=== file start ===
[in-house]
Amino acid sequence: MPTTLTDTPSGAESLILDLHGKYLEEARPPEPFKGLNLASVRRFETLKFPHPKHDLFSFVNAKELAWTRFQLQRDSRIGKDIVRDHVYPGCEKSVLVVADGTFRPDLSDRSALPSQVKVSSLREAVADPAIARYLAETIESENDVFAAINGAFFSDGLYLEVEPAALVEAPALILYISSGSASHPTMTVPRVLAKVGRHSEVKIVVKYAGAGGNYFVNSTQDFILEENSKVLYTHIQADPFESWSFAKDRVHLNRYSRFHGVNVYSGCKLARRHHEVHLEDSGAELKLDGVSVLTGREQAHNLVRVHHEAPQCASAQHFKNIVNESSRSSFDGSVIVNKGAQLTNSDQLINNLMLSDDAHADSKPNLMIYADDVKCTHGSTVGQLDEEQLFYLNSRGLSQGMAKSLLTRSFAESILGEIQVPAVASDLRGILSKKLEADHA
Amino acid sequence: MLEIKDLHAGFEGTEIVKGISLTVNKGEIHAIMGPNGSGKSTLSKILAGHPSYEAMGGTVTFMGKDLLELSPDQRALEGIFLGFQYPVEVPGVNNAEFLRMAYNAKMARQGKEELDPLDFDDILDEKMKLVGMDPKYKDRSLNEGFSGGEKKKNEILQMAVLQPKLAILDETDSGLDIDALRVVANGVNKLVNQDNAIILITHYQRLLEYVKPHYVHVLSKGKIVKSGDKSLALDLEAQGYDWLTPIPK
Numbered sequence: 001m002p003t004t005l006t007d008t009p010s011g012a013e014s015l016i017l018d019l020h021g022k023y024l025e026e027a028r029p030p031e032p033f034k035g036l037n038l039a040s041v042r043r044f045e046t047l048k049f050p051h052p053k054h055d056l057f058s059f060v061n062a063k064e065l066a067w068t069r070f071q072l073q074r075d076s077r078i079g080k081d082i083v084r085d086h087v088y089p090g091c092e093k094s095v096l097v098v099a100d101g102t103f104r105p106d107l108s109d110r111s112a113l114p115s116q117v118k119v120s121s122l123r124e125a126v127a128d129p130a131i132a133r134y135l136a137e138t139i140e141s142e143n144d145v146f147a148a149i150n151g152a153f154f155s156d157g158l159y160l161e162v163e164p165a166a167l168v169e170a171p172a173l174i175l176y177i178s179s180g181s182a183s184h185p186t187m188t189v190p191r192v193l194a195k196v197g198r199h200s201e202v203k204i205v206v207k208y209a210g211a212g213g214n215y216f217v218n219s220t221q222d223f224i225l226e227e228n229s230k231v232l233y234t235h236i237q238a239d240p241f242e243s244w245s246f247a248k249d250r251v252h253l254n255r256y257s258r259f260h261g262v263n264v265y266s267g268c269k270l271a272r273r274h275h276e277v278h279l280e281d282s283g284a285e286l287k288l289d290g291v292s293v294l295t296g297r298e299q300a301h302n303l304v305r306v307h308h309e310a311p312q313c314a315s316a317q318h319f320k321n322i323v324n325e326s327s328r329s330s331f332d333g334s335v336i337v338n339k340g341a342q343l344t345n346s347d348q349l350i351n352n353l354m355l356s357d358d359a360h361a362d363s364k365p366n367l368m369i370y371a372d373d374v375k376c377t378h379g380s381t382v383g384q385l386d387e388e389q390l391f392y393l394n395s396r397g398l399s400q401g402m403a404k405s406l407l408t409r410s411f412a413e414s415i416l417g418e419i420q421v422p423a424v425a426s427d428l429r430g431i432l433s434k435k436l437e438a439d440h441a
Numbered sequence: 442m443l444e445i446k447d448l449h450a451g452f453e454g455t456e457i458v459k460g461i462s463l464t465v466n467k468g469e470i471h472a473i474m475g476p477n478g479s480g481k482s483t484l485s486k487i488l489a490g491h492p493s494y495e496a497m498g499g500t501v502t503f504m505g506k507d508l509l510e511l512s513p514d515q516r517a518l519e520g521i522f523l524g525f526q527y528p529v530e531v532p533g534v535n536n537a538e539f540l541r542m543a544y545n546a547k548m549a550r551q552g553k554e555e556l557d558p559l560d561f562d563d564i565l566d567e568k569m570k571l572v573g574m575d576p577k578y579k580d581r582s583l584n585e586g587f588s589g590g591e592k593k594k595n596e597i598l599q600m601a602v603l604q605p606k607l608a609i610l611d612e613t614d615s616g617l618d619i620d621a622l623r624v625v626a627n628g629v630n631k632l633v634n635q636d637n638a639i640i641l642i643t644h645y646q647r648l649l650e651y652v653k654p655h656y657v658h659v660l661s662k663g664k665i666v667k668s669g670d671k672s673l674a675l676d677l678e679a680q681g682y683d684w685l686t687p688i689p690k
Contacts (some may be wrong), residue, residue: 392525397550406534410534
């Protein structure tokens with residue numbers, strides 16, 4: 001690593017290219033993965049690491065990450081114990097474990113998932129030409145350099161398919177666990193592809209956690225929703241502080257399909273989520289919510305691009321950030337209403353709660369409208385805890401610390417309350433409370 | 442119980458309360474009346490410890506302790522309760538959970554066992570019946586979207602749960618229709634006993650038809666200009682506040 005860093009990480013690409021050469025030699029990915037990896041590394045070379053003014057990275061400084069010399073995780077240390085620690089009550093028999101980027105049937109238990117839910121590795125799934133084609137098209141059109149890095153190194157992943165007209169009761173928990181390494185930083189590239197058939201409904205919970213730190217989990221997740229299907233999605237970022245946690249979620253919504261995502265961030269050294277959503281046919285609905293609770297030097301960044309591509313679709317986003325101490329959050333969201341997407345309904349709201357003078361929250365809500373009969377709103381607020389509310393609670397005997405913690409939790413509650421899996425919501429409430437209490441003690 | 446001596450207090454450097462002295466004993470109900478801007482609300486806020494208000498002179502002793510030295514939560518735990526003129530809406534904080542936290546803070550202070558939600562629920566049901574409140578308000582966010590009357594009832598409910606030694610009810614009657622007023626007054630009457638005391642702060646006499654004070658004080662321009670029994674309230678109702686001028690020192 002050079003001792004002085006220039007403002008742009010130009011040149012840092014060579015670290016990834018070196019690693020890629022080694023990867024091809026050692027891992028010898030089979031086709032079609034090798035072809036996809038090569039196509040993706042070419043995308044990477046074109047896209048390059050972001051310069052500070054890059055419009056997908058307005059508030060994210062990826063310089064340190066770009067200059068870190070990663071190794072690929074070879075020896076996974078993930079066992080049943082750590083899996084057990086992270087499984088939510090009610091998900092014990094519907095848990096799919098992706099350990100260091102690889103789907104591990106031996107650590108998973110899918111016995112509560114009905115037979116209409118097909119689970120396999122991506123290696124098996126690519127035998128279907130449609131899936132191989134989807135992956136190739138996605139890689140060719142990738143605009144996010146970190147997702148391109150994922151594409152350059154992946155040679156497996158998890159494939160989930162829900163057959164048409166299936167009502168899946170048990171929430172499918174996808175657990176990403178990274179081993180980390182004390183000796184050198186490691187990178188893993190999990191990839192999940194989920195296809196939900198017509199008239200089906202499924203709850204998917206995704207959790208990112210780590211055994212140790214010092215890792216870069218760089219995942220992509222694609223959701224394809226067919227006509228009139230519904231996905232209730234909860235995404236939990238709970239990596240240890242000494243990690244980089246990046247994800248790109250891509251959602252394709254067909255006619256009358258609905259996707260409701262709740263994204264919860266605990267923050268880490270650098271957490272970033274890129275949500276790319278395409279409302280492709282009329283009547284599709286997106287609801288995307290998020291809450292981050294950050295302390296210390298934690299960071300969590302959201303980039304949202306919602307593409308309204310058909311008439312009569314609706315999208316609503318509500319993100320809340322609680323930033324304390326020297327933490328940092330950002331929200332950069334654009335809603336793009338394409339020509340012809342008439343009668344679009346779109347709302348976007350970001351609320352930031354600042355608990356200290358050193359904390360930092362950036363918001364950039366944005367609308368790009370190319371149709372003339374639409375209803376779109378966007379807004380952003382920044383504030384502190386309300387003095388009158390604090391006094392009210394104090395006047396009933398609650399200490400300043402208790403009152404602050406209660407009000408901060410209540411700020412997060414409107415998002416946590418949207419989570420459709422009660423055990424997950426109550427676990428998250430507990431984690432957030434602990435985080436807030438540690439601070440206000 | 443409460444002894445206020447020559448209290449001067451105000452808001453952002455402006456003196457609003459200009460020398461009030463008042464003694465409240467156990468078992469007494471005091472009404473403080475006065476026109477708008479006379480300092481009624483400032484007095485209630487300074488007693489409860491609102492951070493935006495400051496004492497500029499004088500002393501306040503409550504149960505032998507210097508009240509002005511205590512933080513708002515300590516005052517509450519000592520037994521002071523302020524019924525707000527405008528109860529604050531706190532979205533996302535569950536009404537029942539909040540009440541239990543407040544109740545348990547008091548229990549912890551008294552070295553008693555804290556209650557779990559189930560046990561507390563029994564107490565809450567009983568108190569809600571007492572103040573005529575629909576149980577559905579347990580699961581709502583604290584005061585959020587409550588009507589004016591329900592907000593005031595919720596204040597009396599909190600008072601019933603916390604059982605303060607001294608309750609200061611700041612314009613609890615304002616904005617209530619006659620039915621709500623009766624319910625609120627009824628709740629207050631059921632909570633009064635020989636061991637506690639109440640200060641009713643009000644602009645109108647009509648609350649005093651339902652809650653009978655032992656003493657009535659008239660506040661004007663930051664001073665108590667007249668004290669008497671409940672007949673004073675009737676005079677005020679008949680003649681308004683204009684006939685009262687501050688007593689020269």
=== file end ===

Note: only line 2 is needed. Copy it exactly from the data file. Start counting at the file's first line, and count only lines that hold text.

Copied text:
Amino acid sequence: MPTTLTDTPSGAESLILDLHGKYLEEARPPEPFKGLNLASVRRFETLKFPHPKHDLFSFVNAKELAWTRFQLQRDSRIGKDIVRDHVYPGCEKSVLVVADGTFRPDLSDRSALPSQVKVSSLREAVADPAIARYLAETIESENDVFAAINGAFFSDGLYLEVEPAALVEAPALILYISSGSASHPTMTVPRVLAKVGRHSEVKIVVKYAGAGGNYFVNSTQDFILEENSKVLYTHIQADPFESWSFAKDRVHLNRYSRFHGVNVYSGCKLARRHHEVHLEDSGAELKLDGVSVLTGREQAHNLVRVHHEAPQCASAQHFKNIVNESSRSSFDGSVIVNKGAQLTNSDQLINNLMLSDDAHADSKPNLMIYADDVKCTHGSTVGQLDEEQLFYLNSRGLSQGMAKSLLTRSFAESILGEIQVPAVASDLRGILSKKLEADHA